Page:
However, not to end the film on a down note, Kurosawa finishes off Dreams with “Village of the Watermills” – a snippet espousing the advantages of the simple life and the serenity and tranquility it brings. A hiker happens upon a small village and sits down with an elderly resident to discuss the pace and way of life there. It’s an affirming way to close things out and it reinforces Kurosawa’s belief that we should do all we can to commune peacefully with nature. As the two talk, they hear music approaching from the distance and the old man explains that it is a funeral - the town feels that hard work and living to old age are things that should be celebrated, not mourned. A fitting end and an inspiring lesson that we could all learn from.
Oddly enough, there’s a group of folks who think that the film was a bit self-indulgent and overdone – a visually striking film that at times, borders ever-so-slightly on gaudiness and flamboyance. But there’s a much larger contingent telling that crowd to “Shut Up!” and enjoy the film for what it is – a breathtaking and magical journey that was a perfect summation of an incredible career.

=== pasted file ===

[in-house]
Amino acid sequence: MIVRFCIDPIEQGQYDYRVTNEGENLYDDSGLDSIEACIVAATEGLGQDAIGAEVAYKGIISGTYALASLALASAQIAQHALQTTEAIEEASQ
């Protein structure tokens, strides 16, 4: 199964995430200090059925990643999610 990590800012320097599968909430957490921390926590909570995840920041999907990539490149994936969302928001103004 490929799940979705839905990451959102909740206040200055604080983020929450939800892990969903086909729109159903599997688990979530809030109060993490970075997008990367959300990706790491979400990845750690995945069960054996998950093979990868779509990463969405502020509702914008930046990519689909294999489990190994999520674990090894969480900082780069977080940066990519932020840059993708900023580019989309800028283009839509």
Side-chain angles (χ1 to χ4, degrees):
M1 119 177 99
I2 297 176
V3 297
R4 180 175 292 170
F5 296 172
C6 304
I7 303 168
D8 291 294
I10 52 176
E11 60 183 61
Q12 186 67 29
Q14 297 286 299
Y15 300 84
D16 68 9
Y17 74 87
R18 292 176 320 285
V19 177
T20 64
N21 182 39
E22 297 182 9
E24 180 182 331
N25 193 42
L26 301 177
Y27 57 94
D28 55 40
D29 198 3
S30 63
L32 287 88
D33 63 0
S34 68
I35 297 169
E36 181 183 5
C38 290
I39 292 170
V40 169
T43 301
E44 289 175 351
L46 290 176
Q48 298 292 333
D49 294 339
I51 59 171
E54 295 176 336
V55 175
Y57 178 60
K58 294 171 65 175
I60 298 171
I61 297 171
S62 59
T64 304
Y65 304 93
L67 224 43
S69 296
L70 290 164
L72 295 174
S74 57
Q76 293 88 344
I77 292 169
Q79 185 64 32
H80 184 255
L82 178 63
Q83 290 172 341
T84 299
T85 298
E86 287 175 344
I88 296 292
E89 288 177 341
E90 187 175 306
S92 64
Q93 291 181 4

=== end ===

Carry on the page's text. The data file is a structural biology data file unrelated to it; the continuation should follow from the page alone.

The DVD Grades: Picture B+ / Audio B- / Bonus D-
Warner has done a quite impressive job on the transfer for Akira Kurosawa’s Dreams and preserved the film’s theatrical aspect ratio of 1.85:1 with a nicely done anamorphic transfer. While there are small imperfections here and there, the film stands up as a well-tuned transfer that isn’t lacking much.
The transfer maintains a fairly tight and defined image throughout, with only the occasional print flaw or speck showing up to mar the proceedings. The colors are brilliantly and faithfully reproduced and never suffer from any sort of oversaturation or smearing, while balance was right on the money. Black levels were fairly solid, but not as strong as I’d liked for them to have been, but ultimately, shadow detail and delineation were well above average and allowed for a nice film-like appearance.